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Phone Call During Live Streaming

Imagine you are a reporter broadcasting from the field using an iPad.

Say you want to interview a guest over the phone during your live streaming. How would you do that? Put the phone on speakerphone? That may work, but quality is terrible. Now you can use RECAP C to get better sound quality.

Check out this email from one of our customers:


Let me tell you about our setup. I don’t if you heard of this, there’s a massive public protest happening right now in Kyiv, Ukraine and corporate-owned media weren’t covering events very well. So Hromadske TV was created to serve public interest. It broadcasts through Youtube Live ( often from the field using streaming from iPad.

A lot of people are calling during the broadcast to express their opinions and quick 1-5 min interviews are done live. At the moment, however there’s no connection between phone and tablet so the sound transmits just over the air which, of course, results in terrible quality. This is okay, because everyone understands that this is an amauter broadcast, not professional TV, but we’d like to get better. We’ll support your project to improve our quality. As the events uncover right now, I’d really like to get your devices sooner to serve our audience. Would definitely appreciate if you can help us.

– Sergii Kauk, Hromadske TV, Ukraine


If you’re a professional or amauter reporter and use RECAP C, let’s know! We’d love to hear from you.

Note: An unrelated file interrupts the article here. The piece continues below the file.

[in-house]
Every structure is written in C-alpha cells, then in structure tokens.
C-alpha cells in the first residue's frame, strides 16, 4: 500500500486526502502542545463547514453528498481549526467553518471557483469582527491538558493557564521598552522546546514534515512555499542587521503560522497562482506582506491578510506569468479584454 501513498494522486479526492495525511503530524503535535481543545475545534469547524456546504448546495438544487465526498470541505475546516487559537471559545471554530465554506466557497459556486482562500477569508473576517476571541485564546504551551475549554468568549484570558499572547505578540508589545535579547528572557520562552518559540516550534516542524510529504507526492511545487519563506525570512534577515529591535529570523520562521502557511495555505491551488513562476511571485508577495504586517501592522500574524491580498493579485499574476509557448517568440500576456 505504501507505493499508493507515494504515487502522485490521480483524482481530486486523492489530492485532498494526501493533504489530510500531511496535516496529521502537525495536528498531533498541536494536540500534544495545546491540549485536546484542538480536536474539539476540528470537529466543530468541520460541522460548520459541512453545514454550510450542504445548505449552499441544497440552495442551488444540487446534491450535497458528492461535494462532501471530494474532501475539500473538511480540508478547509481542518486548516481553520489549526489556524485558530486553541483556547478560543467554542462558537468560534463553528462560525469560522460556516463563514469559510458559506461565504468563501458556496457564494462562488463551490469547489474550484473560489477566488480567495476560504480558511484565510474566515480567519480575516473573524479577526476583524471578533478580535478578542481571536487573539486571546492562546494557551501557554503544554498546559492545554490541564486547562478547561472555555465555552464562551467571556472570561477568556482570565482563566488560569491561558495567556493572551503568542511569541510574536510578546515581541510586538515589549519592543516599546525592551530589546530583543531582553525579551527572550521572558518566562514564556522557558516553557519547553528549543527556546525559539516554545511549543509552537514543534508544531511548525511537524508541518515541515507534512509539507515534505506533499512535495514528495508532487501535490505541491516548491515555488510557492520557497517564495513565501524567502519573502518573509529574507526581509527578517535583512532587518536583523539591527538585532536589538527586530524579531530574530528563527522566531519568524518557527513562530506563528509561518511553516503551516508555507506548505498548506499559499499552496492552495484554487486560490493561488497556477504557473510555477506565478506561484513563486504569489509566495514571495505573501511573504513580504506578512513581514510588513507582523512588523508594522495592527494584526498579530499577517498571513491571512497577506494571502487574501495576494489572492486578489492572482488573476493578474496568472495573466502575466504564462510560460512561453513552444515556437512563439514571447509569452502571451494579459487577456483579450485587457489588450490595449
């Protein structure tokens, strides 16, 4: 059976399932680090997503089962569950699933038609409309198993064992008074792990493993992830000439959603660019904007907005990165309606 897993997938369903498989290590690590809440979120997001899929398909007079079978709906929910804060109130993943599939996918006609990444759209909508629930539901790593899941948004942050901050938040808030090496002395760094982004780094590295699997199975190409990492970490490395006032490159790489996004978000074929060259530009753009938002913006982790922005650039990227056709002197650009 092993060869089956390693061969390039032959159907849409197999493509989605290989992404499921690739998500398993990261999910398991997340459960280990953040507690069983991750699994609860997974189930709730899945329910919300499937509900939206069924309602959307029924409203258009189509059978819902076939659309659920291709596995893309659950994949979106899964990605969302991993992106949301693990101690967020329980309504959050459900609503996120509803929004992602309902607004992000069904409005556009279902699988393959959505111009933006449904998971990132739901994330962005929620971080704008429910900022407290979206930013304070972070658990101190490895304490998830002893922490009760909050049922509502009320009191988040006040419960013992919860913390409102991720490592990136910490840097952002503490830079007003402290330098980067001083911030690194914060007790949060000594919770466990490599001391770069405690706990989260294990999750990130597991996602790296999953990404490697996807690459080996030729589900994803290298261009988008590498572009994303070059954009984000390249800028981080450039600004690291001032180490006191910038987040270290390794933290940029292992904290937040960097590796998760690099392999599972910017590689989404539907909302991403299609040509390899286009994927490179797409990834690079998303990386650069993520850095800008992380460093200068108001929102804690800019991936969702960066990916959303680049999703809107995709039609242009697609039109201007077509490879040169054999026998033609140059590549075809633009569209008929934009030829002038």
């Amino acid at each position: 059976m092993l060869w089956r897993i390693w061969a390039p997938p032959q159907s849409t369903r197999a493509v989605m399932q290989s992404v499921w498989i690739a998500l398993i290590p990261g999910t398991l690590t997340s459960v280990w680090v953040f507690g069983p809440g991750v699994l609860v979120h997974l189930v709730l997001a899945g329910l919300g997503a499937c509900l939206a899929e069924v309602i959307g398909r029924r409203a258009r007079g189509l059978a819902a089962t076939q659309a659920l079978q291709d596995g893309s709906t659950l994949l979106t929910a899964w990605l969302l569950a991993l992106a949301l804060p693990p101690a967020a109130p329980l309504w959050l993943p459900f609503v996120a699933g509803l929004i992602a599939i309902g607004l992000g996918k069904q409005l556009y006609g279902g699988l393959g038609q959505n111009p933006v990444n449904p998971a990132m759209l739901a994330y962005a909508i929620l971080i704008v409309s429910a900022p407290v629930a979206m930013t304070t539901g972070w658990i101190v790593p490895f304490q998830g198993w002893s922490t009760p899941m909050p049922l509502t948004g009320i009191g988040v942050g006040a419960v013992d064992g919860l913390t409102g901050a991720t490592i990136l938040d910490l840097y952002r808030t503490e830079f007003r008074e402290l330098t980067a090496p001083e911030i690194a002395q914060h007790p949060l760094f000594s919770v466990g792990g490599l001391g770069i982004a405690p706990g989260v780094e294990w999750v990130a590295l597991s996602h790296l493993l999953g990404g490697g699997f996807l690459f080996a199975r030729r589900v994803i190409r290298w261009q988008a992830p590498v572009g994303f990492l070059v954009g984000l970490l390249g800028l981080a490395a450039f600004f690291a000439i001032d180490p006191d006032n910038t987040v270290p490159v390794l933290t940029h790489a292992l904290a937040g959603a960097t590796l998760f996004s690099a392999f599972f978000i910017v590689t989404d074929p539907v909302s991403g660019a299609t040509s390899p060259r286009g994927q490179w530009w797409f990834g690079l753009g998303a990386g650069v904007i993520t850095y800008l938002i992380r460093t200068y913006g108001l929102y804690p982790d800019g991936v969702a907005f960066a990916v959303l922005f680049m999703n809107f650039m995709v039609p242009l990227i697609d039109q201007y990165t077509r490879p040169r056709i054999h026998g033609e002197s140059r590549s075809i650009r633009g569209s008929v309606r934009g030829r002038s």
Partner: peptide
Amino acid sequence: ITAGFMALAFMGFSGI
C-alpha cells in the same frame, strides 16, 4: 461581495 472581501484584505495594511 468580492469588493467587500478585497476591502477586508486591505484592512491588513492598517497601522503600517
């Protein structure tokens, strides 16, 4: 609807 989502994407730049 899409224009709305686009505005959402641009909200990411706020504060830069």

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Is it legal to record phone calls?

Recording phone conversations is legal in all of the 50 states and the District of Columbia. Federal law permits electronically recording a phone conversation with the consent of only one person involved in the conversation. This “one-party” rule requires the consent of at least one person in the conversation. The law deals primarily with wiretapping and law enforcement –- recording conversations to which the recorder is not a party. But for journalists, this means that only the reporter herself is required to know that the conversation is being recorded.” [1]

Rule of thumb: “you are always better off having the permission of the person you’re recording.”

“That’s the rule of thumb,” said Lucy Dalglish, executive director of The Reporters Committee for Freedom of the Press, which publishes “‘Can We Tape?’: A Practical Guide to Taping Phone Calls and In-Person Conversations in the 50 States and D.C.” “And that’s the ethical thing to do anyway. You always have to know what the law is, and you are always better off having the permission of the person you’re recording.”



[1] Think Before You Record –

[2] Reporter’s Recording Guide –